An example of why this approach does not work: Enron. Enron had a robust and active CSR program with green initiatives and strong human rights advocacy (see brief excerpt here: http://www.masterresource.org/2011/12/remembering-green-enron-part-ii-corporate-social-responsibility/). However, it did not have leaders firmly grounded in objective standards of right and wrong and who were centered on the profit motive, which made their CSR efforts hollow. And all now know what happened to Enron. In the end, companies who are viewed as having 'strong' CSR programs without an objective ethical grounding in the Natural or Moral Law are always at risk. Especially in times of austerity and increased competition.

    What this article implies is that if CSR is not profitable, then there would be no reason to do it. Instead, you should be reinforcing that regardless of its impact on revenue and profitability, CSR is the right and ethical thing for a firm to do. That giving back to your community is a noble act that is not predicated on its value to the firm.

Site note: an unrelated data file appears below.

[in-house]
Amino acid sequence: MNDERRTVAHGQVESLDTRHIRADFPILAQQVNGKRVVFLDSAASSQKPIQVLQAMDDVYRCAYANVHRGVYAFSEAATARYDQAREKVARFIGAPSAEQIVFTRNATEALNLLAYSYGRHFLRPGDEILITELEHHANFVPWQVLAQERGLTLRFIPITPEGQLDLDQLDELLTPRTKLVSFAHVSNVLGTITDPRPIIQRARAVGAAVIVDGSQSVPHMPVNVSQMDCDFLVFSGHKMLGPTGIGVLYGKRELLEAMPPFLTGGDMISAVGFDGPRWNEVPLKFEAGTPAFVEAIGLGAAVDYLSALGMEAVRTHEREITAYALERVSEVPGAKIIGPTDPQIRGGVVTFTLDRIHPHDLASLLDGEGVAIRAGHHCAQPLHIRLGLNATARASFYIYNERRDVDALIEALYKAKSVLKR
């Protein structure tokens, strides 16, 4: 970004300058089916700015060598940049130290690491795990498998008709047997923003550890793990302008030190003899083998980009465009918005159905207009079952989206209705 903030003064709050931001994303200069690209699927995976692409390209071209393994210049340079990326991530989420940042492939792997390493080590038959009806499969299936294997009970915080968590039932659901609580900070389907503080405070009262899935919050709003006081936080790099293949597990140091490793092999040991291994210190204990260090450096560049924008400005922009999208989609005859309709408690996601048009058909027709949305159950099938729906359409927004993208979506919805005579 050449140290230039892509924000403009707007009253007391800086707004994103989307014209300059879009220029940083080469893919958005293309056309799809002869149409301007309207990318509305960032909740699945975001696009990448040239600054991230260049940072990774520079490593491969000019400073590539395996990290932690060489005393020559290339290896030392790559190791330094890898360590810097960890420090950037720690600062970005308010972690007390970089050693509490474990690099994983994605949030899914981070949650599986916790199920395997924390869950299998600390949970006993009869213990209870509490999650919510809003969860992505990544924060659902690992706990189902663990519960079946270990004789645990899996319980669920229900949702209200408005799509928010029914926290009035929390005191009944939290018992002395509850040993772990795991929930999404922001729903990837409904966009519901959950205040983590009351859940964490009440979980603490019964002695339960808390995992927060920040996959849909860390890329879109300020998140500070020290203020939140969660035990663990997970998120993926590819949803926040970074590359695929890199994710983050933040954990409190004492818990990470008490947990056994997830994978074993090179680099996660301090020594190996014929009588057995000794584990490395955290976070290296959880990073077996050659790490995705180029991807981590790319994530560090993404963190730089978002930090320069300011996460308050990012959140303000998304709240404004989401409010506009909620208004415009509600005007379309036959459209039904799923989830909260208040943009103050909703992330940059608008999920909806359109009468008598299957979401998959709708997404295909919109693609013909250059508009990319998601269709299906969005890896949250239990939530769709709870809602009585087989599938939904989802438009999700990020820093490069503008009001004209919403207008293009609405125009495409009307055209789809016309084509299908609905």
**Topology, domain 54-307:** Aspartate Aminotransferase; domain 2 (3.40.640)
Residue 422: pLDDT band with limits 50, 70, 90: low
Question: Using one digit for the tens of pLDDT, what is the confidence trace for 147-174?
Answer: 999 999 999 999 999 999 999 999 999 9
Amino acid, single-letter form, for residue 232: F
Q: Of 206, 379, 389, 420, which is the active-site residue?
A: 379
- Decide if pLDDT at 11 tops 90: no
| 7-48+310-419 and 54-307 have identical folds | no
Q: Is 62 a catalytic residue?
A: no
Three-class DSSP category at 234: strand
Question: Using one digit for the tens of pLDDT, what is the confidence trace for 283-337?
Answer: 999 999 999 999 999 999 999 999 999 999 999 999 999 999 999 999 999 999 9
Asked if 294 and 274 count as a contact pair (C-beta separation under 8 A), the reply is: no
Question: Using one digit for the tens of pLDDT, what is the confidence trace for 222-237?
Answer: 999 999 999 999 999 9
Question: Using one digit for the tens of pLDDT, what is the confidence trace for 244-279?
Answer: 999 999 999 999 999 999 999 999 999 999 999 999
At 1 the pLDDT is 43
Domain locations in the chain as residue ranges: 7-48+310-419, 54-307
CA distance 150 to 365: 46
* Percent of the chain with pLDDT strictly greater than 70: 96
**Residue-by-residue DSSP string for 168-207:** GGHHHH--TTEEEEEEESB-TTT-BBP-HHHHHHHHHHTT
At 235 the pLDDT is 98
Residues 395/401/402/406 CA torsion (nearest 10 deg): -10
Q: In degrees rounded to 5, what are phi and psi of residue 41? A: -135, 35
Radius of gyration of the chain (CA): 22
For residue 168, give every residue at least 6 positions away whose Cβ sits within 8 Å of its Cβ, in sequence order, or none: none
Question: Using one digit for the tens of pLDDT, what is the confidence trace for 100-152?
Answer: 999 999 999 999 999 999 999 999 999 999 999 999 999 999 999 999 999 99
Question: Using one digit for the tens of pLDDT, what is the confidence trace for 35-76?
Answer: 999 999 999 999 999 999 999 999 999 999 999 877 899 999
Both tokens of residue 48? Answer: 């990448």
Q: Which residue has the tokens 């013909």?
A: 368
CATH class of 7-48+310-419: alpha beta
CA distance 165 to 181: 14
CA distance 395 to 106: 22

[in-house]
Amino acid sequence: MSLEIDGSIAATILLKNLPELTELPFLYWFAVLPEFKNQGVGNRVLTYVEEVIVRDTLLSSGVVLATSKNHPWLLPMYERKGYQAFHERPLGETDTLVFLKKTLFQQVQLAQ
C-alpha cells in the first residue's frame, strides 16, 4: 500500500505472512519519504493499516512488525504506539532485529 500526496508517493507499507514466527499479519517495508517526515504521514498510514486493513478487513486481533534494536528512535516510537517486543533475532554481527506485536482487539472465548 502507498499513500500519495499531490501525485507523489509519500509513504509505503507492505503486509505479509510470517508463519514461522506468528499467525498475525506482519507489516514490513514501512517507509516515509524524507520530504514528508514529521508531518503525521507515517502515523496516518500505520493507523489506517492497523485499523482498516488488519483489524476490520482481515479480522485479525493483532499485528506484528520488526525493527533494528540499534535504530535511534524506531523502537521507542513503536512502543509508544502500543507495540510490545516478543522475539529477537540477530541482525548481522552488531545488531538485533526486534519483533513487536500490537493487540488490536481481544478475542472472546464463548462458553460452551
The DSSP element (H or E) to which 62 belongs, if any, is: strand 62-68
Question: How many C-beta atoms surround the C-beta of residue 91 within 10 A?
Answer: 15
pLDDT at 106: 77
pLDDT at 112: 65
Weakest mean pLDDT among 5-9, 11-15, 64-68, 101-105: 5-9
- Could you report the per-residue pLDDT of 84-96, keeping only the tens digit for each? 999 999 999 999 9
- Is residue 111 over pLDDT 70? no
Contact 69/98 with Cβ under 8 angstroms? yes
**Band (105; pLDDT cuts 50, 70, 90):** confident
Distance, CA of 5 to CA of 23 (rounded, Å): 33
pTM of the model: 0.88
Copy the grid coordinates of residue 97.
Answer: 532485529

3. Darren I think that you miss the point. Yes we should all be morally and ethically bound to CSR but the fundemental existence of business in the corporate world is to make a profit for the stakeholders.

  4. Forcing altruism is not the way to get into the boardroom of any for-profit business. The reality is that they operate to make a profit and if they can be guided to see the benefits of CSR as part of a way of business on a regular basis and not just a 'day of giving' then they will incorporate it into their practices. I've spent my life in Corporate America working working on leadership initiatives and they are not naturally altruistic but give them a blueprint that will aid in the bottom line and they're all over it. Don't get stuck on principle....because you may be pleasantly surprised that through corporate objectives comes a changed perspective altogether!